Instead of Cutting Back, CTA Adds to Its Service


By Jennifer Vigil

Date of Publication: November 12, 1998
Source: Chicago Tribune


After more than a year of severe cuts that affected thousands of riders, the Chicago Transit Authority responded with upbeat news for commuters Thursday--announcing Brown Line trains soon will run until midnight and service will be improved on about a dozen bus routes.

"This is not about restoration of services, but rebuilding services for customers. . . . to better match service to our needs and riding patterns," said CTA president Frank Kruesi.

New services include an express bus along Western Avenue, extra buses along overburdened South Side routes and extended evening and weekend hours for a number of other lines. The bus changes take place Dec. 14 and the new Brown Line schedule will begin Dec. 21.

The new Western bus route is a pilot project dubbed the X49 Express. The line runs from Berwyn Avenue on the north to 95th Street at Evergreen Plaza on the south, with connections to the Blue, Brown and Orange Lines.

The X49, to be serviced by 13 buses at a cost of $124,000 a month, will come up for review in six months, when officials will evaluate whether to keep it, drop it, or alter it, said CTA spokeswoman Maria Toscano.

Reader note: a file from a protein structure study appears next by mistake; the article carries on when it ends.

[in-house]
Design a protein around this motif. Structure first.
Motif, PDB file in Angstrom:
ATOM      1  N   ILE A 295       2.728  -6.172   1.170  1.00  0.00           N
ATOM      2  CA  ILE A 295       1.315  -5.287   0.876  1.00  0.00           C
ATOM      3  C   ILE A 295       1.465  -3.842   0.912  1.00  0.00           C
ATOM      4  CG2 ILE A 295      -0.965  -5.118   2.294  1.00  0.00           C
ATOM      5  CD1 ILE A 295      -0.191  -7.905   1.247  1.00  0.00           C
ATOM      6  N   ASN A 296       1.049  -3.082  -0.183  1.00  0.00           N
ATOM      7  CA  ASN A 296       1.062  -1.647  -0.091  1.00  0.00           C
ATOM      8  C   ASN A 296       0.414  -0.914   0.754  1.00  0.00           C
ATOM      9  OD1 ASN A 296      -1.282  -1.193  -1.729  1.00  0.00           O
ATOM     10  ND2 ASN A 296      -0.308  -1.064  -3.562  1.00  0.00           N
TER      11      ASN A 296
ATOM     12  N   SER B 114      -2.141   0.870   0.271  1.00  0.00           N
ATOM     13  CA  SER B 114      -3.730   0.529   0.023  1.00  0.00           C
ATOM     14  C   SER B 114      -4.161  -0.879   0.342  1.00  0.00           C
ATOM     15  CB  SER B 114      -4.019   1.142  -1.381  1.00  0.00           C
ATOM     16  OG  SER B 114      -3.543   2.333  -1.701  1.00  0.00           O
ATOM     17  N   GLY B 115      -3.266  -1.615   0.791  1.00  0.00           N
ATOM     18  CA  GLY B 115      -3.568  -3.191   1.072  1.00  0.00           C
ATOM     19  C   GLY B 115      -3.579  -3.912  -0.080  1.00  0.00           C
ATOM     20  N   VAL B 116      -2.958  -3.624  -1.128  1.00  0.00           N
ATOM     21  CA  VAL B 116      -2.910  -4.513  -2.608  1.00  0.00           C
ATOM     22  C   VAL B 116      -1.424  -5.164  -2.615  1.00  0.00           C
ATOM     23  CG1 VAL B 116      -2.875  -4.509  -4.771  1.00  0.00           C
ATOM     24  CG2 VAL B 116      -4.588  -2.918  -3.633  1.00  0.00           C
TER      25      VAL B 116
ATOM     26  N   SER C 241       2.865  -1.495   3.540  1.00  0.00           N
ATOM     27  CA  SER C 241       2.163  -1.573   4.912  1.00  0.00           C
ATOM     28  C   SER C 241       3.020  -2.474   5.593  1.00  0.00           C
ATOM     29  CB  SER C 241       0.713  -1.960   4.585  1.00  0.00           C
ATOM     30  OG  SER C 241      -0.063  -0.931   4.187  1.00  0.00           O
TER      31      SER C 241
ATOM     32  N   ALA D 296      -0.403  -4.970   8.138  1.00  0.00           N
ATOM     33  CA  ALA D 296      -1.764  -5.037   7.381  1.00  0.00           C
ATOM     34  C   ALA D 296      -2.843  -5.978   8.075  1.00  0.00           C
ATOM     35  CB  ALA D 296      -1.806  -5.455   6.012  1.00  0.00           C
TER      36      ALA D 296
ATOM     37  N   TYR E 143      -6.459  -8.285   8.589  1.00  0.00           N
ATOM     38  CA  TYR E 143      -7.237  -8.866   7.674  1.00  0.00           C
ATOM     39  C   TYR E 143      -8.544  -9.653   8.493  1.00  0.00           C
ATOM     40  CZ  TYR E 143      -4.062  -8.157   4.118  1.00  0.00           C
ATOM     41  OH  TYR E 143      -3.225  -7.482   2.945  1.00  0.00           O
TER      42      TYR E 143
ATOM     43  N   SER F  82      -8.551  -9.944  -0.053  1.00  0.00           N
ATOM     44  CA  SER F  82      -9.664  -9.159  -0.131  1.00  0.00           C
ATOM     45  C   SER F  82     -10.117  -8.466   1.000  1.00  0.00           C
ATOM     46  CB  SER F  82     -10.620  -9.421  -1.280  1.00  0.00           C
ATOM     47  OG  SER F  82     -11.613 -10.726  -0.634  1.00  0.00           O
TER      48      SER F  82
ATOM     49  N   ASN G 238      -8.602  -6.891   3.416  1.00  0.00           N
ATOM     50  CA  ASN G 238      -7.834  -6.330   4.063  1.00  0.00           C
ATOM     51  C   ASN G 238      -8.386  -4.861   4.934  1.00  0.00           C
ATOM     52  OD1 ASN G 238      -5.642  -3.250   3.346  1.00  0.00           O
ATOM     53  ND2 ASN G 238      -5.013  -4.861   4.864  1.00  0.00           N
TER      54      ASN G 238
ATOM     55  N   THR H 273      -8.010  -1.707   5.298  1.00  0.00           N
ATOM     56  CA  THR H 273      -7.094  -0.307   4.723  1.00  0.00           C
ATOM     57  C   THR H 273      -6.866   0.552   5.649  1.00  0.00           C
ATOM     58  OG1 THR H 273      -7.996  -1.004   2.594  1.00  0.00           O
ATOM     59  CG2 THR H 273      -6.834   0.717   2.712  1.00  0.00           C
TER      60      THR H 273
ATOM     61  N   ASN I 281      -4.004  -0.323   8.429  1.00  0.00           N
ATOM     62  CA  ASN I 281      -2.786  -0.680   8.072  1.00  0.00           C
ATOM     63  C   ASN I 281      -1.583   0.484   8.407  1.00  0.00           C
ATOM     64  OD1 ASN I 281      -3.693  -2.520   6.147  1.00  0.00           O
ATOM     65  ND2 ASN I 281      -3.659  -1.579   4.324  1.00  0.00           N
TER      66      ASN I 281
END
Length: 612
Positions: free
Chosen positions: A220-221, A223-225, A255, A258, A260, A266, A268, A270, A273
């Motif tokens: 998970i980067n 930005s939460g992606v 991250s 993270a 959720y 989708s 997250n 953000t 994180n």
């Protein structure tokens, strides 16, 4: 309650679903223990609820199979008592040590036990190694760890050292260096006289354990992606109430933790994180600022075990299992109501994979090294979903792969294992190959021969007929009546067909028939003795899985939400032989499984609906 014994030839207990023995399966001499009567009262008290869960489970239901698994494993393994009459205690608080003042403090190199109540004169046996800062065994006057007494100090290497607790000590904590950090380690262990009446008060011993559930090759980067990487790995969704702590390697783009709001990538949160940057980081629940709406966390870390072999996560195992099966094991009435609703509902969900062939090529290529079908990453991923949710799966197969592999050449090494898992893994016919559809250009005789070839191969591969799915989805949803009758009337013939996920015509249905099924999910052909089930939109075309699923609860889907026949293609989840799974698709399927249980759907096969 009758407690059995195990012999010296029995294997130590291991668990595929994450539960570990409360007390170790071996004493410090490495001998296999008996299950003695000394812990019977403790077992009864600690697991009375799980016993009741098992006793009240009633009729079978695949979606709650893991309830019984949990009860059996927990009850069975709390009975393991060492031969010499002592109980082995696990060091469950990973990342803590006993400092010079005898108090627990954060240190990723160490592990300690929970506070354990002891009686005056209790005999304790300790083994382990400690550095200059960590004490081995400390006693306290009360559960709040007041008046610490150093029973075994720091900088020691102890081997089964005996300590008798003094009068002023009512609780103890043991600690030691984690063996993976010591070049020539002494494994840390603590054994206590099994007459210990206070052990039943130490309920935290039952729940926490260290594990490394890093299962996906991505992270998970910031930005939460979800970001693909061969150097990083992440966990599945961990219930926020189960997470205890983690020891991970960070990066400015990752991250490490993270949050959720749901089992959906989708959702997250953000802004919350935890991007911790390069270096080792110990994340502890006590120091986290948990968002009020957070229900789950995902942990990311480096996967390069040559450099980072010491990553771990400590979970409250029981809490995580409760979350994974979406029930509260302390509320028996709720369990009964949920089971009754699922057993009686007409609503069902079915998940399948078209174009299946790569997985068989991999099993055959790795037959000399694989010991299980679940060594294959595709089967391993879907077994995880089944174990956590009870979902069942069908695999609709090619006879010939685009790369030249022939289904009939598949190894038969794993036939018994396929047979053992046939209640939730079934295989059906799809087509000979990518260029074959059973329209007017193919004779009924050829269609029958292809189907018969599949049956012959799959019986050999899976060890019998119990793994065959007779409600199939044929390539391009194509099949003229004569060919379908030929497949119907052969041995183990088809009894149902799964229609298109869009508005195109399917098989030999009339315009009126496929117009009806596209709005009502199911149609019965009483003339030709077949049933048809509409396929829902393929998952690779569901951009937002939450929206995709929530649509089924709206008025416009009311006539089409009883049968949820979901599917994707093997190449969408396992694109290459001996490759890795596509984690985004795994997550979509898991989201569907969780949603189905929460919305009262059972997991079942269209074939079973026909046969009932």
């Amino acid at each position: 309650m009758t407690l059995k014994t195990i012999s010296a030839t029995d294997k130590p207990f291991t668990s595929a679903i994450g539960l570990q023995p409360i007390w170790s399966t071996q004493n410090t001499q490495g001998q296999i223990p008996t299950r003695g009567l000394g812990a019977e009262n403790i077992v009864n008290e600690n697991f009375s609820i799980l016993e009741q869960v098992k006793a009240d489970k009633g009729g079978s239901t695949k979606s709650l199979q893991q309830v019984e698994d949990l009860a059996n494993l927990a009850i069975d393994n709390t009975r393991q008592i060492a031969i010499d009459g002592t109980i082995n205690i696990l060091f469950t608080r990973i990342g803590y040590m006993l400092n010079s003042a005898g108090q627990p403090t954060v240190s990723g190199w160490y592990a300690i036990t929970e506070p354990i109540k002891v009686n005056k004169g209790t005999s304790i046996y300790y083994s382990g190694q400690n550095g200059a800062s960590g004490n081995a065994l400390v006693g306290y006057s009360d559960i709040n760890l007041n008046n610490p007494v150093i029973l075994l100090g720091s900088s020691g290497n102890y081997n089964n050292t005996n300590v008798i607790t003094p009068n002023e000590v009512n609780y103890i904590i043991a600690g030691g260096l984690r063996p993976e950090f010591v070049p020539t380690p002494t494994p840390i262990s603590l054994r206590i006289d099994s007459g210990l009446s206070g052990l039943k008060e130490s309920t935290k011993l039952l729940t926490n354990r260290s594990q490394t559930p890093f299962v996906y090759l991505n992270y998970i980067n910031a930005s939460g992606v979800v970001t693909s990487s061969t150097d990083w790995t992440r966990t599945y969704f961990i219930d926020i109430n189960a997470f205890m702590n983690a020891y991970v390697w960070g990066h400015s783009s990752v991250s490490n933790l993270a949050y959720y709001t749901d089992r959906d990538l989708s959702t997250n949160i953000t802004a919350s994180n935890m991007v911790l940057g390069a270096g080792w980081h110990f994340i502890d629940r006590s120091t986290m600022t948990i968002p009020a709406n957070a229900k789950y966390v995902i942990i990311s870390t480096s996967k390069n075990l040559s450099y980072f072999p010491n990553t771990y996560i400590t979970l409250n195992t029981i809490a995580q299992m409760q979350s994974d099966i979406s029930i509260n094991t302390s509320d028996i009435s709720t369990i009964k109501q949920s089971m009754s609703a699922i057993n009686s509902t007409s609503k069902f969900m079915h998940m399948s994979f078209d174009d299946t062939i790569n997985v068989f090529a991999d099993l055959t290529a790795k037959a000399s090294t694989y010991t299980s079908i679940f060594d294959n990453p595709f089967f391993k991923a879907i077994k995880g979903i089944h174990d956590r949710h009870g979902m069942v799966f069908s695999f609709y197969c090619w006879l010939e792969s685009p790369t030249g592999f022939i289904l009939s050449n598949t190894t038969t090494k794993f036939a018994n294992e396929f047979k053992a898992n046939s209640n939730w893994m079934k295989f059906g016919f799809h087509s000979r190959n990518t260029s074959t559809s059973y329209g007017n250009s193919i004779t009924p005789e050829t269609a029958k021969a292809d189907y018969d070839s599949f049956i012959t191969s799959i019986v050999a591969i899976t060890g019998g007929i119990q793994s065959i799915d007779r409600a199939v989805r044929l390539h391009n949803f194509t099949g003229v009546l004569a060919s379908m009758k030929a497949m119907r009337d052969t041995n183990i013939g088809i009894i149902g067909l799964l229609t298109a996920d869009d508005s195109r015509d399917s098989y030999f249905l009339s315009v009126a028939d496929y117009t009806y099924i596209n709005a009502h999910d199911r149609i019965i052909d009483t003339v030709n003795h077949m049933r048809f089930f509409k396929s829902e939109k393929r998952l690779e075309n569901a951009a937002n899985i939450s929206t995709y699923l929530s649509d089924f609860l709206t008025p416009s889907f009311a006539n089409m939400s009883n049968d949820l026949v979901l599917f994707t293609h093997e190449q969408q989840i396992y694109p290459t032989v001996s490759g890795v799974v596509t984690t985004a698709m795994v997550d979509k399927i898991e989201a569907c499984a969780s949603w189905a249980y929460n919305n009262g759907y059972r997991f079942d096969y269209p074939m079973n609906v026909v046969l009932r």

The additions, however, do not restore any of the service lost during three rounds of cuts that ended last spring, and some riders are still displeased.

"We applaud their efforts to enhance services, but we also feel they should restore some of the services they took," said Rev. Ronald Schupp of Citizens Taking Action, a consumer-advocacy group. "We feel the CTA is on the right track, but they also need to restore some of what they took away."

Beginning in October 1997 and continuing through April, the CTA dropped 10 bus routes, eliminated stops on more than 80 others and sharply curtailed night-owl service on buses and trains. Officials estimate the cuts will save the CTA $25 million a year.

The service additions are expected to cost about $1 million, and Kruesi said many of the expanded services will benefit communities hard hit by the previous cuts. With $5 million in the agency's 1999 budget earmarked for more service, further additions are likely.

Kruesi has said the cuts last year were on routes with low ridership. The additions, he said, are being made in places with high ridership, such as the Brown Line.

On Dec. 21, weekday service on the Brown Line will continue until midnight, two hours later than the current schedule, allowing better connections to the Green, Orange and Blue Lines.

The changes that take effect Dec. 14 are:

The CTA board gave final approval to the agency's $1.02 billion budget and saw the first hints of Kruesi's plan to renumber the city's buses according to the Chicago grid.

Officials also released details of their proposed renumbering plan for bus routes. Further meetings will be held on the proposal next month.

Under the plan, Madison Street buses will be designated No. 1, and State Street buses would be labeled No. 100. Street numbers would correlate to their place on the grid.

Routes that can't be easily matched to the grid would receive their own numbers. Express buses would be the 800 series, and diagonal streets and odd routes would be called the 900 series.